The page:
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Three Moves Ahead: What Chess Can Teach You About Business

Three Moves Ahead: What Chess Can Teach You About Business

Bob Rice

ISBN: 978-1-118-03932-8

Dec 2010, Jossey-Bass

224 pages



Three Moves Ahead shows how classic chess strategies address the #1 problem of Information Age executives: how to move quickly in the face of incalculable complexities and unexpected change. This witty and novel guide, written for non-players, is packed with scores of real-world examples showing how top CEOs use Grandmaster techniques to win on Wall Street. Readers will see how a ""strong square"" strategy drove Adobe’s rise from niche player to industry giant, as well as Western Union’s success through a hundred years of technology changes. They’ll learn how AOL has played a crucial ""exchange sacrifice"" to revive its fortunes, and how Google is taking turf from Microsoft with a ""minority attack."" Most importantly these days, they’ll find out ""what to do when you don't know what to do,"" and avoid the fate of companies like Polaroid, Gateway, and our dearly departed Ma Bell.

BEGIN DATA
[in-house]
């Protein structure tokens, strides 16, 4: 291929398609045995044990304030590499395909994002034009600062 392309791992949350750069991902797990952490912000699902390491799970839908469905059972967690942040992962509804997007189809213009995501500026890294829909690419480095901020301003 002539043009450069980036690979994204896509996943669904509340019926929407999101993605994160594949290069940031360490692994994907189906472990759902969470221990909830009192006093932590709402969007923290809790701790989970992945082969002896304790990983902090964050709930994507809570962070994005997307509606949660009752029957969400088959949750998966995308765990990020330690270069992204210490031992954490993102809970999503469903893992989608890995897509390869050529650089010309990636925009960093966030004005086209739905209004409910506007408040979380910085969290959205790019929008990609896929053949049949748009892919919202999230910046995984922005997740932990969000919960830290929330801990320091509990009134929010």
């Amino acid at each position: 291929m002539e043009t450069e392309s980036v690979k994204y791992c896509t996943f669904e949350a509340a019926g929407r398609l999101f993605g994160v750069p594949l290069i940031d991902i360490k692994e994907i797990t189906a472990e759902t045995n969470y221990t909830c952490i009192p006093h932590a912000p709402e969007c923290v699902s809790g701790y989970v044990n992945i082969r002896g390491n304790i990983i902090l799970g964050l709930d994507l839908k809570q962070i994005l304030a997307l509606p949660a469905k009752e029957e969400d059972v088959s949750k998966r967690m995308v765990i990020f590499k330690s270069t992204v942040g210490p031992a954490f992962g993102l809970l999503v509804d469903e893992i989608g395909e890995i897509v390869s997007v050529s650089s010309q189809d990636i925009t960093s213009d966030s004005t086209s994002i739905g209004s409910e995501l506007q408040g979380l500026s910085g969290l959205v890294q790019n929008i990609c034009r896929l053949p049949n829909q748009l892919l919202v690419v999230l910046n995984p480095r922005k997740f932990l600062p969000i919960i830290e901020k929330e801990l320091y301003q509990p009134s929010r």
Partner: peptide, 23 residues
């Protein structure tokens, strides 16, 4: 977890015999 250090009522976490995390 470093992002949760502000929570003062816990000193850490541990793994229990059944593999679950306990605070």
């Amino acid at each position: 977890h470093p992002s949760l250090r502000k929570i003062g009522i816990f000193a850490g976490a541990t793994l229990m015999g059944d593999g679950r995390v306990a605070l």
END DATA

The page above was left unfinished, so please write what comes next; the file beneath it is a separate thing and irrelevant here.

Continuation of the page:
""A fun ride from Apprentice to Business Grandmaster. Grab it!""—Donald Trump

Bob Rice (Short Hills, NJ) was a long-time partner at Wall Street's prestigious Milbank, Tweed, Hadley, and McCloy. He left to start a software venture that was purchased by Viewpoint, a NASDAQ company of which he later became CEO. He is currently a Managing Partner of Tangent Capital, which structures financial products for hedge funds, and a member of the ""New York Angels"" venture finance group. Along the way, Bob served as Commissioner of the Professional Chess Association, founded the Wall Street Chess Club, ran numerous international chess events and produced a successful ""Speedchess"" series for ESPN.


1 The Wall Street Chess Club.

2 Three Moves Ahead?

3 First Mover.

4 On the Clock.

5 Bad Bishops.

6 Lucky or Good?

7 Strong Squares.

8 Sac the Exchange!

9 Classic Tactics.

10 Decisions, Decisions.

A Postgame Recap.


About the Author.


""In his thought-provoking, chess-themed book on business strategizing, Rice asserts that beginning and intermediate players tend to focus on which pieces are positioned to take or be taken, but when grandmasters examine the board they look at the squares. Rice makes fitting comparisons between chess pieces and actors in the corporate world. Lowest-level workers are compared to pawns, middle managers to knights, director-level executives to bishops and vice presidents to rooks. The central them of this book is that you have to have a plan, event if it's a bad one, to succeed in both chess and business. The idea is to adjust your plan as the game proceeds in response to the moves of the opposition.""--McClatchy-Tribune News Service, April 26, 2008